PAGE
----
This makes sense to me, because back in 1982, when I was an exchange student in Aix-en-Provence, I discovered that the big fat bars of unscented Marseilles soap, sold in the farmer's market, was the best thing I'd ever used on my skin.
Here is how it happened:
My story starts, like many, once upon a time in a land far away. I was an exchange student in France, living in Provence, loving the local market produce, the bread, the shops, the way of life that included slow meals and lots of walking. I lived with a family with 6 boys (not so strange for me since I have 3 brothers) and I got to immerse myself in the language and culture, and endure some amount of daily challenge. One challenge was the food - I always have to watch what I eat very carefully, and I just could not resist the bread. There is just nothing in the world like a crisp crunchy French Baguette.
Here I must digress a bit - I have Celiac disease, allergy to wheat gluten. At that time, I did not know it. So here I was, a stranger in a strange land, eating what was poison to my body unknowingly.
So we come to skin.
Celiac disease often expresses itself in skin problems. I could not get rid of persistent itchy rashes, Wandering in the market in Aix-en-Provence, I found wonderful large blocks of "Marseilles" soap - which by French law must be a minimum of 72% vegetable oils and have no fragrance or color. These bars are made with ancient recipes, cooked for days, and poured directly into molds in the concrete floors, before being lifted and and chopped into chunky bars. My skin LOVED this pure, natural soap. I bought what I thought was a huge supply when I left (3 large chunky bars or so) but never have found it here in the U.S.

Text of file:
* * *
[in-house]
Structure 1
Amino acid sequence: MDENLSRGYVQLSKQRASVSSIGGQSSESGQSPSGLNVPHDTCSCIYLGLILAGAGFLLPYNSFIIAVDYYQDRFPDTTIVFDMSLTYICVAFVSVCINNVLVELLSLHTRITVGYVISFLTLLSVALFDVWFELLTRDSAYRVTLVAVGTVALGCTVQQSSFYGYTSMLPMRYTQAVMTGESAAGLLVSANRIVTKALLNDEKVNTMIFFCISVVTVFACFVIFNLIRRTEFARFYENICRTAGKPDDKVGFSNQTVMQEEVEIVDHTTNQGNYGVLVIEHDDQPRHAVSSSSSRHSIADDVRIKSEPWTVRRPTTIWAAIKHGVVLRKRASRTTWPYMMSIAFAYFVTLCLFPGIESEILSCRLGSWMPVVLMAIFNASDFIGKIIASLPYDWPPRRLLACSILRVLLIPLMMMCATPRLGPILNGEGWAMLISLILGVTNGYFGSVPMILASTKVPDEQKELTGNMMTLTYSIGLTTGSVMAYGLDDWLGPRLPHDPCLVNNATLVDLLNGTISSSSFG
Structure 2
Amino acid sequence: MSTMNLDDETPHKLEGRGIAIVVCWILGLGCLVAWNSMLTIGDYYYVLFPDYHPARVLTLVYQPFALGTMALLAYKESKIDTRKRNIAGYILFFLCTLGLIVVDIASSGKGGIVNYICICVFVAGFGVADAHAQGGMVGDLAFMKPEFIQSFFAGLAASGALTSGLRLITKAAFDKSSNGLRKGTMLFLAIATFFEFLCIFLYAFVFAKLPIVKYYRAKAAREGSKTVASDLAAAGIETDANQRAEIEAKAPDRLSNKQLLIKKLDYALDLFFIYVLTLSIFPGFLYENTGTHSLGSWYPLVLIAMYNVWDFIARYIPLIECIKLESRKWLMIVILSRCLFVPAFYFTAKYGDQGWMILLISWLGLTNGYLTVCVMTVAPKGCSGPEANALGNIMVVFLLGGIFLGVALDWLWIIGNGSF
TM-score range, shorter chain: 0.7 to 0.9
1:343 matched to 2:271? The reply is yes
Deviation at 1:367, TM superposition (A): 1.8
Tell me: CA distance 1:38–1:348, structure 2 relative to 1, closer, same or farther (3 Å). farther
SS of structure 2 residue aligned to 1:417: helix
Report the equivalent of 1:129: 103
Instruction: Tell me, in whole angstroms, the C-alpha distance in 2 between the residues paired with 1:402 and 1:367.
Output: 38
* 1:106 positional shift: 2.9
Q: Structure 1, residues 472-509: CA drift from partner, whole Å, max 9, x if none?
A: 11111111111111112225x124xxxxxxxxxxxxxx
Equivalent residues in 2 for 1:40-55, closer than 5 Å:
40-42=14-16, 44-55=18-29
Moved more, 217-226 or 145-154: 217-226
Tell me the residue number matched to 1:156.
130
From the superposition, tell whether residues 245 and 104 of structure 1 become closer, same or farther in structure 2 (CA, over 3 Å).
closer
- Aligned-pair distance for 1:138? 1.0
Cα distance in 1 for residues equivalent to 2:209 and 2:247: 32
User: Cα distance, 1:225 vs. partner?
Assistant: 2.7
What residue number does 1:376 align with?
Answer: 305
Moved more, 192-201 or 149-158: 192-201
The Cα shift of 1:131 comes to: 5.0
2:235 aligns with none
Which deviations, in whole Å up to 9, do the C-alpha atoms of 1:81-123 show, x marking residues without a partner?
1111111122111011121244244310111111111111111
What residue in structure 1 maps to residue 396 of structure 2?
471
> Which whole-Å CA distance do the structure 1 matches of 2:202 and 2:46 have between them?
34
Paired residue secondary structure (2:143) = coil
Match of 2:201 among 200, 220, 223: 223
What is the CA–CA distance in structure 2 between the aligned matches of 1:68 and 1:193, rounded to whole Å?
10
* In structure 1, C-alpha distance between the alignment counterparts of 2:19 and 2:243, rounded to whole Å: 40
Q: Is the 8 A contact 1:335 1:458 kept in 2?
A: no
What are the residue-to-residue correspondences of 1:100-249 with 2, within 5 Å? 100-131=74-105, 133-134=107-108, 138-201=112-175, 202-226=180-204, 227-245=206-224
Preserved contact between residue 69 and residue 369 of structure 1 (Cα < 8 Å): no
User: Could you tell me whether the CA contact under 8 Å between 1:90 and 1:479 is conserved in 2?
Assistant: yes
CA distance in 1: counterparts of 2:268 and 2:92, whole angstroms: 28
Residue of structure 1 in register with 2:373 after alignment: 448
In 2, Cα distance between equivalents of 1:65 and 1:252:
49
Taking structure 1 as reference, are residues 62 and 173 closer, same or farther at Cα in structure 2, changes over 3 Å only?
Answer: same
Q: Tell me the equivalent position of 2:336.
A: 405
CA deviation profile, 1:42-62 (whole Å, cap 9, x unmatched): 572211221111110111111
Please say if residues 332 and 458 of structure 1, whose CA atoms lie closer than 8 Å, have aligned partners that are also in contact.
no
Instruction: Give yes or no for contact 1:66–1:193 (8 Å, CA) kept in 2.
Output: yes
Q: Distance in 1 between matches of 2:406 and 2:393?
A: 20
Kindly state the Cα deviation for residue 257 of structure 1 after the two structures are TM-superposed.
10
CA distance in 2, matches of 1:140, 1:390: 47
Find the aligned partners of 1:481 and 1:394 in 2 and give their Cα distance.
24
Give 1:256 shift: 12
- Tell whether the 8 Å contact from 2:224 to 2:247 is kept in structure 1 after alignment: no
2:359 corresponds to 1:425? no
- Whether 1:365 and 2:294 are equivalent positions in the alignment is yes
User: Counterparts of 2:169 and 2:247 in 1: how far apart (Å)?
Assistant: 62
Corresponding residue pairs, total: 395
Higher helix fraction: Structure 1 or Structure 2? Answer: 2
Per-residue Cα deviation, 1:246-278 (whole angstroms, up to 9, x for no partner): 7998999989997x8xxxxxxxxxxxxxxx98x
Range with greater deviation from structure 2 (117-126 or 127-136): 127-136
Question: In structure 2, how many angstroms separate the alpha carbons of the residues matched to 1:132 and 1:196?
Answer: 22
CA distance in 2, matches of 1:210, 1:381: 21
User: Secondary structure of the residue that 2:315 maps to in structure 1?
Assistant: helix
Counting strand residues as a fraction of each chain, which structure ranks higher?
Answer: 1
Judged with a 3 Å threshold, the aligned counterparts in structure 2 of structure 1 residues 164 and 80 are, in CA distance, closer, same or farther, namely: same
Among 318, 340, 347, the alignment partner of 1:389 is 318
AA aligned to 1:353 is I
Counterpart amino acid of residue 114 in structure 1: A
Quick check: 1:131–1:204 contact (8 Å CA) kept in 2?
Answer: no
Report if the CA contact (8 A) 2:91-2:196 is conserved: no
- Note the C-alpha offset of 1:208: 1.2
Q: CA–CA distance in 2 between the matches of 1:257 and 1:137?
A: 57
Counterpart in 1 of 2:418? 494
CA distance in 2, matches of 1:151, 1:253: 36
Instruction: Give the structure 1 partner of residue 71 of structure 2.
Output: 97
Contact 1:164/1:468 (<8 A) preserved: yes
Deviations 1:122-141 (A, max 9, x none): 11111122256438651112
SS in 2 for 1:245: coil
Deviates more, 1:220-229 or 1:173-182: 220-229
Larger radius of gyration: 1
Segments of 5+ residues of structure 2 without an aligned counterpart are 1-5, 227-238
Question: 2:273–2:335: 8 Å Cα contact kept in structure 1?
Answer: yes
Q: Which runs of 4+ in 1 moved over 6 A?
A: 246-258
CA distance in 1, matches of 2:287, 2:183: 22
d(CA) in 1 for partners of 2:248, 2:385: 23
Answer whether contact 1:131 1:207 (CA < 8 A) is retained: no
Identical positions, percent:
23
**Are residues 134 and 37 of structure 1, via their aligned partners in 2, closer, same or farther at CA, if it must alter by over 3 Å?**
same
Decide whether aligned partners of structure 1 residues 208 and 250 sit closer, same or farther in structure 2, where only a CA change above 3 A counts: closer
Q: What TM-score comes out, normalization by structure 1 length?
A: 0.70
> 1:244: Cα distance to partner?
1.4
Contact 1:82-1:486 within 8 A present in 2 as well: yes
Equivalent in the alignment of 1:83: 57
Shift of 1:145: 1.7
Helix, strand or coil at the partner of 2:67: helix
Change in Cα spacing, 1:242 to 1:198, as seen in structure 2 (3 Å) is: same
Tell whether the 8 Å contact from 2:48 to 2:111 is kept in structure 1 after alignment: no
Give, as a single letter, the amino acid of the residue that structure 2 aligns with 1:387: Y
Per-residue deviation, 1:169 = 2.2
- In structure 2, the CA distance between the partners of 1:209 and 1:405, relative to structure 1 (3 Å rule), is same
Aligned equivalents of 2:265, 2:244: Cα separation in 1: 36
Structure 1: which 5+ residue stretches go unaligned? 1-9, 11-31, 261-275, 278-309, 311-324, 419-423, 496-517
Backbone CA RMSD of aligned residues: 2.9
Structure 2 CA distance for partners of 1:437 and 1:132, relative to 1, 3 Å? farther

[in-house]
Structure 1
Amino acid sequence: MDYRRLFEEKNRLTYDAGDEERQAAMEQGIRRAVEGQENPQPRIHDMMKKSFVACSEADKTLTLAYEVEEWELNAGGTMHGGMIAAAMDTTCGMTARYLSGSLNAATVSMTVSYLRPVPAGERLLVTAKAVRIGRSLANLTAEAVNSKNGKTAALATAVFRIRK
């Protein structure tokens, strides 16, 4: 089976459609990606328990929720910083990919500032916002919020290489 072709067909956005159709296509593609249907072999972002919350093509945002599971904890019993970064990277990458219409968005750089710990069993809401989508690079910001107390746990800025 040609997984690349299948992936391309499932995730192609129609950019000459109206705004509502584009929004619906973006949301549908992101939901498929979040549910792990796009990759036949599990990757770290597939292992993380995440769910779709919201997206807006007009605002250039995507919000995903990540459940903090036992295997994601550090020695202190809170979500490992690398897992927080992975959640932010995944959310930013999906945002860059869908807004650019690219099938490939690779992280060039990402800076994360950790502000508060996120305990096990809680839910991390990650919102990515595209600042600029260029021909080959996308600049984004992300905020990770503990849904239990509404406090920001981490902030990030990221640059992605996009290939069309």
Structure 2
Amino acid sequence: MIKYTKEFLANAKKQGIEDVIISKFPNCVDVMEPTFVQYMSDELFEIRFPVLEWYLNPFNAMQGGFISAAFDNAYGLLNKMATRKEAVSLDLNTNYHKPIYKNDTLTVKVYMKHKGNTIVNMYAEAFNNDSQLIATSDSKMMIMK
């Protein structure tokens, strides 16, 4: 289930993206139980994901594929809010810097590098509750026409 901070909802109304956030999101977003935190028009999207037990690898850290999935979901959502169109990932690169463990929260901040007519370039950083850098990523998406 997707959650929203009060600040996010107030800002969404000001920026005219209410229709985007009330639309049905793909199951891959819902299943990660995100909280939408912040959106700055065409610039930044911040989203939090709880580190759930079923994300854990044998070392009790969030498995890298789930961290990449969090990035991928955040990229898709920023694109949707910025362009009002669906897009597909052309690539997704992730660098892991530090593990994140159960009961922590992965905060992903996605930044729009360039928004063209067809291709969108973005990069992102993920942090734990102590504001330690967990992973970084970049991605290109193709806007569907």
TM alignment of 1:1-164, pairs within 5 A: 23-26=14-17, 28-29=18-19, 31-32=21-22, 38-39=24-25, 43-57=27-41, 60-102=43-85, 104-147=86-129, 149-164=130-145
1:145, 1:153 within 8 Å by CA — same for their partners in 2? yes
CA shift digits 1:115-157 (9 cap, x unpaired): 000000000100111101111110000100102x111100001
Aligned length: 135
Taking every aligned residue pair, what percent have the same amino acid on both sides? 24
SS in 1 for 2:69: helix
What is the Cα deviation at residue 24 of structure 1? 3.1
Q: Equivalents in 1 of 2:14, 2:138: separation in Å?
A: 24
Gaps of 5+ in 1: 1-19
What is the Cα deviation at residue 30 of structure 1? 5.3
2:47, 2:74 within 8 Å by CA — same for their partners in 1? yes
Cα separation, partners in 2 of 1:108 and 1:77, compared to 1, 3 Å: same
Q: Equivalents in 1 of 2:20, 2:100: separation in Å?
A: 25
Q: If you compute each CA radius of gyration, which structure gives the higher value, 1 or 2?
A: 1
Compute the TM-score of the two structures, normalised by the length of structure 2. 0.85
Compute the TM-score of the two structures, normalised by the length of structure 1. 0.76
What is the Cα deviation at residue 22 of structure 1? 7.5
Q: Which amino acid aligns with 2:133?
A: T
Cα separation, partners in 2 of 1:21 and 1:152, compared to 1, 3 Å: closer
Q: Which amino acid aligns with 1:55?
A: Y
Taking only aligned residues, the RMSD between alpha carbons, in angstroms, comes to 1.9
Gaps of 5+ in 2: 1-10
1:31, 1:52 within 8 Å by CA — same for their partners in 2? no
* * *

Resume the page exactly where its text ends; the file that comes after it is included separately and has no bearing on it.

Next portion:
Another amazing health-saving product I discovered while in Aix-en-Provence was Vervain. Even though I am a true coffee addict, I found a digestive infusion/tea that was served in all the cafes was very helpful for my symptoms. I replaced my coffee addiction with the vervain addiction, and it soothed my Celiac symptoms and was very helpful.
Vervain is a member of the Verbena family that is grown in the Mediterranean, used by Druids and Romans as a sacred herb, and one of the original Bach Flower remedies. Vervain is closely related to the new world Lemon Verbena, but the latin names are different and the healing properties of the plants are slightly different. Vervain was another product I never could find here in the states. Our life paths have a funny magical sort of way of unfolding, and I found myself in very dry Colorado 30 years later with a greenhouse, a burning desire to grow Vervain, and the urge to finally make myself some soap that my skin would love. My experiments resulted in these bars. Super moisturizing, full of olive oils and shea butter, no fragrance or dye or any drying chemical additives which commercial soap is made of, I finally can hold that ancient wisdom of Provence that heals right in my hand in a bar of soap.